This article has been reproduced from its original publication in The Local DK. Be sure to check out The Local for daily Danish news in English!
When we made the choice to write about culture in Denmark on Scandinavia Standard, neither myself nor my co-founder realized what proportion of our work would be focused on Danish design. As it turns out, you can’t really explain Danish culture without design; its effects are everywhere, from city planning to interior design to fashion. We’re not going to cover all of that (you’re welcome) but a brief historical overview is a good start to understanding world’s love affair with this tiny country’s take on design.
While we could start with the amazing engineering of Viking Ships as early as 800 A.D, we’re not writing a dissertation here. So we’ll begin instead at the dawn of the 20th century with Thorvald Bindesboll, a man considered the grandfather of Danish design. His most lasting achievement, the Carlsberg logo, hasn’t changed since it was adopted in 1904. Early graphic artistry aside, Bindesboll was a trained architect who is best known for his ceramic creations. Ornate and drawing inspiration from Japanese art, it may be difficult to visually connect Bindesboll’s work with the sleek minimalism associated with Danish design today. It is his reputation as a multi-talented designer, however, and use of organic shapes that first brought Denmark to the global design forefront.
While a steady trickle of designers are highly notable from Bindesboll until World War II, it is the period following WWII that produced the designers for which Denmark is now famous. This influx of iconic design included furniture, architecture, ceramics, lighting and more.
Drawing from the Bauhaus school of German design, Danish designers focused on combining modernist functionalism with a sleek aesthetic. This group of designers paved the way for the breadth of design we see representing Denmark and Scandinavia today.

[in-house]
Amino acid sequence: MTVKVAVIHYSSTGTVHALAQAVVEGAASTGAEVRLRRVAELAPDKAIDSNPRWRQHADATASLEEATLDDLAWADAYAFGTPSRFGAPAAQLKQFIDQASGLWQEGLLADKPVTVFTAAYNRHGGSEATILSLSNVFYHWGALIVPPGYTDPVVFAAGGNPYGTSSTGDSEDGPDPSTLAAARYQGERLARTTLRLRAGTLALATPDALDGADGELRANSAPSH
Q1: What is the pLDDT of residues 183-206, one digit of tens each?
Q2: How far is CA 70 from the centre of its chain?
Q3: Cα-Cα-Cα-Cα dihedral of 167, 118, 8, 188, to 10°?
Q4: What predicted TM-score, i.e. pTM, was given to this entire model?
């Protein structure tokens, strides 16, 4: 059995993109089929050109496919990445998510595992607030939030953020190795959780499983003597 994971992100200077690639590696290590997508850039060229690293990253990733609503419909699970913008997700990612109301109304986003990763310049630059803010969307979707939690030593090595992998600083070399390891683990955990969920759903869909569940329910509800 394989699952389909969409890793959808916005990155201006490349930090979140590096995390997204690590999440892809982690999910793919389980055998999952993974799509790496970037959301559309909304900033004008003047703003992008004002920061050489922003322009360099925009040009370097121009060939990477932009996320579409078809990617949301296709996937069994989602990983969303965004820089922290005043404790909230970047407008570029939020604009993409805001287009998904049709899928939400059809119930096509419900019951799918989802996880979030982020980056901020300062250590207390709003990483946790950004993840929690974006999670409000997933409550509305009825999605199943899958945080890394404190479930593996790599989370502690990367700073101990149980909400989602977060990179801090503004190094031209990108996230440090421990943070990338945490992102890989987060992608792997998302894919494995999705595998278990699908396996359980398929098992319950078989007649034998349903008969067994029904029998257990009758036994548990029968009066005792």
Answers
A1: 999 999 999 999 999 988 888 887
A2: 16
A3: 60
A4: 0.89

Let’s explore a few of the big names and the iconic items they produced:
A designer, writer and leading light of his time, Henningsen may not be the most internationally recognized name on the list, but nationally he is the first name mentioned when one talks of Danish design. Referred to affectionately as PH, Henningsen’s lamps are still among the most recognizable and covetable of Danish interior design products. His literary work consisted of social commentary where he consistently drew lines between politics and the cultural landscape.
It’s impossible to talk about Danish design without mentioning Mr. Jacobsen. A man who thought of himself as foremost an architect (and certainly not a designer), Jacobsen is largely remembered for his chairs. Though he produced for nearly 40 years, the period in which he created furniture was incredibly limited; from the Ant chair in 1952 to the Giraffe and Pot chairs in 1959. His work is noted for its contribution to modern functionalism and for its focus on proportion, similar to Kaare Klint and later Boger Mogensen.
Another architect mainly remembered for his contributions to chair design, Finn Juhl is credited as the man who brought Danish design to the American market. In addition to producing on a mass market-scale, he taught at the School of Interior Design in Copenhagen, Denmark. Juhl is known for frequently using the “floating back” chair, an advance that has since become popular in chair design.
The most prolific furniture designer of the bunch, Wenger designed over 500 chairs. His work is the best Danish example of Organic Functionality, a school that focuses on the use of an object. Wenger’s design style is simple; he is quoted as saying, “I have always wanted to make unexceptional things of exceptionally high quality.”
While her name may no longer be well known, ceramicist Vasegaard’s famous tea set is still inspiring ceramic and home goods designers in Denmark. Influenced by Chinese ceramics and organic shapes, the set was produced in 1956 by Bing & Grondahl. The tea set is notable for the parts fluidity while using a variety of shapes.
A man you don’t even know you need to thank, Mogensen is one of the pioneers of Danish Modern design, focusing on functionality in storage (sexy? Maybe not). His designs of built-in home storage, such as bookshelves, are used in countless variations in homes to this day. A protégé of Kaare Klint, Mogensen also designed now-classic furniture like The Spanish Chair (1959).
Today, Danish design is synonymous with high-quality and minimalism. Still ahead of its time, Danish designers like architect Bjaerke Ingels are designing not only in Denmark but worldwide. While the thread that connects them goes back much further than 1945 and the regions it pulls together are wider than just Denmark, we continue to celebrate Danish design for the beauty, use and innovation it brings to us.